An upcoming concert at the Palace Theatre’s Spotlight Room aims to tell a story about the many experiences of freedom and of being American. Journey to Freedom: A Chamber Concert of American and Cuban American Music will follow the journey of America through the eyes of a Cuban American immigrant.

The concert is organized and headlined by Zaray Rodriguez Rossi, a vocalist and Metropolitan Grand Opera Finalist who has performed internationally and is now the recipient of a grant from the New Hampshire Arts Council to share her work with the local community.

“The purpose of the grant was really to allow artists to create,” Rodriguez Rossi said. “At the time, I was focused on the fact that everyone was really going through a lot in their lives, and we all have very differing opinions and backgrounds, but there was one thing that could be agreed upon, which is that no matter our differences, we’re all still human beings who want the dignity to pursue our joy, and to pursue freedom — that’s a universal experience of what it is to be human.”

“From the perspective of being Cuban and also American, I found a lot of similarities in the pursuit of freedom,” Rodriguez Rossi said. “I found a link between the New Hampshire motto of ‘live free or die’and that fundamental idea, with the fact that this freedom is something many Cubans on the island do not have. It was special to me to be able to create something that tells a story musically, to explore what makes American music.”

Rodriguez Rossi immigrated with her family to Miami from Cuba in 1995 through the immigration lottery.

“This was during a time when communism was really affecting the lives of a lot of Cubans,” she said. “There was a chance to flee that kind of environment, and to come to the States with the ability to start a new life.”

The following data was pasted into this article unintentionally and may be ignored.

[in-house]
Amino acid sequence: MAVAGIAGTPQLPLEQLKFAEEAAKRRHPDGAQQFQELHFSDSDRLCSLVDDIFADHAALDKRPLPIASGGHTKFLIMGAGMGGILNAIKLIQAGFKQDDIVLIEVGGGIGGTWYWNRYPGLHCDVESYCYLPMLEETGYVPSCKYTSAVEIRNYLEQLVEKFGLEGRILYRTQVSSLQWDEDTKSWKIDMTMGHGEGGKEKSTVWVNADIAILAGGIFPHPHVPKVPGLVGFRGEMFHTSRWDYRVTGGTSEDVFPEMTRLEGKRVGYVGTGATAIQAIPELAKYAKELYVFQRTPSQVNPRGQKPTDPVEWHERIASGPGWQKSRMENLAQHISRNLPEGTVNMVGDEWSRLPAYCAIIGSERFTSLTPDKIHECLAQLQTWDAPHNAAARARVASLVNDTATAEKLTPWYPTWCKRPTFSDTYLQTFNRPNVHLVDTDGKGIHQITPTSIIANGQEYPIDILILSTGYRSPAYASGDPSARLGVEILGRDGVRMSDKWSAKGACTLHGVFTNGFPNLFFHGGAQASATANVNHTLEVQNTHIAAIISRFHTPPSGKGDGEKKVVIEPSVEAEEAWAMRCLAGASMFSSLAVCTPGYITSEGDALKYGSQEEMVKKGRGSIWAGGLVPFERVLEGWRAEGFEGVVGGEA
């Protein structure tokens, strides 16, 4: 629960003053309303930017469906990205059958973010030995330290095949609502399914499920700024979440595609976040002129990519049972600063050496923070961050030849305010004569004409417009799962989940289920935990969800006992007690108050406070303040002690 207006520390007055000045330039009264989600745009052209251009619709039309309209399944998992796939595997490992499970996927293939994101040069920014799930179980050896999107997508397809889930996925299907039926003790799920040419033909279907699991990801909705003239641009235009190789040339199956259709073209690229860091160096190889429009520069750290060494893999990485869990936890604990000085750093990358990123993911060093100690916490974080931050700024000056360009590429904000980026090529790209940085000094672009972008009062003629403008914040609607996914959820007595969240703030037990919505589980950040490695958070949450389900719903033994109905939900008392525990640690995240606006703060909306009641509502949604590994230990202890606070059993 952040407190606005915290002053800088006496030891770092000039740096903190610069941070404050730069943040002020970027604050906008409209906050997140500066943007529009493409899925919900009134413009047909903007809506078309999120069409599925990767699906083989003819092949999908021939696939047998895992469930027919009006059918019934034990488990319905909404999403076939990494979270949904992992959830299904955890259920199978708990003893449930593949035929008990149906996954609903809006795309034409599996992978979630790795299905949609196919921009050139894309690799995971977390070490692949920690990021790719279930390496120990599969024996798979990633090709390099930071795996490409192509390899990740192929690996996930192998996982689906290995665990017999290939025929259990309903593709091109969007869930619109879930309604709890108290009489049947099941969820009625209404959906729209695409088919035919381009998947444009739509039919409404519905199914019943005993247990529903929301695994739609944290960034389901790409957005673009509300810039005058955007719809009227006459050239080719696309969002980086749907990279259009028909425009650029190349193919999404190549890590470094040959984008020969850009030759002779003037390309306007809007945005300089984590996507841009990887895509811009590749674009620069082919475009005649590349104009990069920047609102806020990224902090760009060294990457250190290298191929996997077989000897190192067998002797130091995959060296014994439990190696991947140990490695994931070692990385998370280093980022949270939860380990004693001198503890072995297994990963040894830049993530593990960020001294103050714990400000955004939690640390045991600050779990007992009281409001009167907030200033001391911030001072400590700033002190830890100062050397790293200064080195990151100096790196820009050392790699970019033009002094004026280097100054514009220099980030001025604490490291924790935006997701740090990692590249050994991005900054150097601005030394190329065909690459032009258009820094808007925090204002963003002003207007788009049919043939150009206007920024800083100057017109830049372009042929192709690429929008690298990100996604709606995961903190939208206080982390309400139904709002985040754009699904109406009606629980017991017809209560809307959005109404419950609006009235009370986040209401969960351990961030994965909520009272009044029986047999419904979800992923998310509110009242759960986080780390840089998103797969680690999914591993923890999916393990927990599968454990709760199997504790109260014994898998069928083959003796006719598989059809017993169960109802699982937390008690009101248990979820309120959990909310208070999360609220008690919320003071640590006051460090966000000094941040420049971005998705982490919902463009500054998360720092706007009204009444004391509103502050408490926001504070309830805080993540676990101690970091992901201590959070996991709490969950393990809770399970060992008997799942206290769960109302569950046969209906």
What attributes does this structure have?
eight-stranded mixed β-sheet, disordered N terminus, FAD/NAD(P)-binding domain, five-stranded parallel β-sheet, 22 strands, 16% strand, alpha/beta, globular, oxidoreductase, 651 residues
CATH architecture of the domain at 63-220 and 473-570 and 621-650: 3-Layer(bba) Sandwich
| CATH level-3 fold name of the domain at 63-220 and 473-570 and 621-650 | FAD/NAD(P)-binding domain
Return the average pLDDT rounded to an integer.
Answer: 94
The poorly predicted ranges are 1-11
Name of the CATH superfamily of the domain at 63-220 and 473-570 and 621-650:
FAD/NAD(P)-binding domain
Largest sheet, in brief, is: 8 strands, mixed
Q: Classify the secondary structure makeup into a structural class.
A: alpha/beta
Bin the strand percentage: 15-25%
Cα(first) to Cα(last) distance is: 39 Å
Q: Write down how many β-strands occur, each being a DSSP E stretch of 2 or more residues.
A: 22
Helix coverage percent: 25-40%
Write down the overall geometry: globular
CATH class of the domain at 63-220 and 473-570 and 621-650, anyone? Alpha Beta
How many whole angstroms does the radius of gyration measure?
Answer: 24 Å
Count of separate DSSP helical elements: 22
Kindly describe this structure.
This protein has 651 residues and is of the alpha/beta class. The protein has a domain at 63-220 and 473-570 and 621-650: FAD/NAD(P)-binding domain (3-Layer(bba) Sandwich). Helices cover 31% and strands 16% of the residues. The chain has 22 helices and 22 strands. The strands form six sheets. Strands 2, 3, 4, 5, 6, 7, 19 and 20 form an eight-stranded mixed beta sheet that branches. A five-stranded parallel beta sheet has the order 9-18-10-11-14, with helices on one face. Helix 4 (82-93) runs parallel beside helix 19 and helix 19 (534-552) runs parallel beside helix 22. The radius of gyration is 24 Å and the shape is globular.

Since coming to the United States, Rodriguez Rossi has found success with her career as a vocalist, earning degrees from both the Opera Institute at Boston University and the University of Miami. During her travels as a performing artist, Rodriguez Rossi met Dr. Jose Lezcano, a Grammy-nominated classical guitarist and composer who resides in Keene, and the two teamed up to create and perform a new composition for the program.

“It ended up being a coincidence that he was also Cuban American, but from one of the first generations that immigrated in the ’60s. I would say meeting him was more than just a coincidence,” she said. “For the composition, we both chose poetry from Cuban dissidents and Cuban Americans. The first two movements are in Spanish, with translations for the audience, and the third one is in English. You’ll see a throughline in thoughts, about what freedom looks like.”

The program begins in the traditional American musical canon, with works by Aaron Copland and Samuel Barber, as well as works by African American composers including William Grant Still and Charles Brown.

“There’s a piece on the program by Charles Brown called ‘Song Without Words,’which literally has no words, just sounds that come from the piano and from the voice. In that way it’s up to the audience members for their interpretation,” Rodriguez Rossi said. “They could hear sorrow, they could hear joy, whatever the audience hears is what they’re meant to.”

From there, the program transitions to the works of Cuban American composers, including the work composed for the event.

“You’ll see the essence of Cuban rhythms with that American influence, so it will be a bit of a melting pot, but that’s what America is,” Rodriguez Rossi said.

For Rodriguez Rossi, the takeaway is all the things that bind the music, and us, together.

“I want the audience to leave having had a thoughtful musical experience,” she said. “Of course there will be beautiful music, but I want to allow them to get invested in the story, whatever that means to them. It’s meant to explore, and ponder, and most importantly to feel. To add warmth and light into our lives.”

Zaray Rodriguez Rossi
Journey to Freedom: A Chamber Concert of American and Cuban American Music
Where: The Spotlight Room at the Palace Theatre, 96 Hanover St., Manchester
When: Saturday, Oct. 8, at 7 p.m.; and Sunday, Oct. 9, at 1 p.m.
Tickets: $20 at
More information: Visit or

Featured photo: Zaray Rodriguez Rossi. Courtesy photo.

Celebrating the Diner

Manchester’s Red Arrow Diner serves up 100 years of history

PLUS A peek at other area diners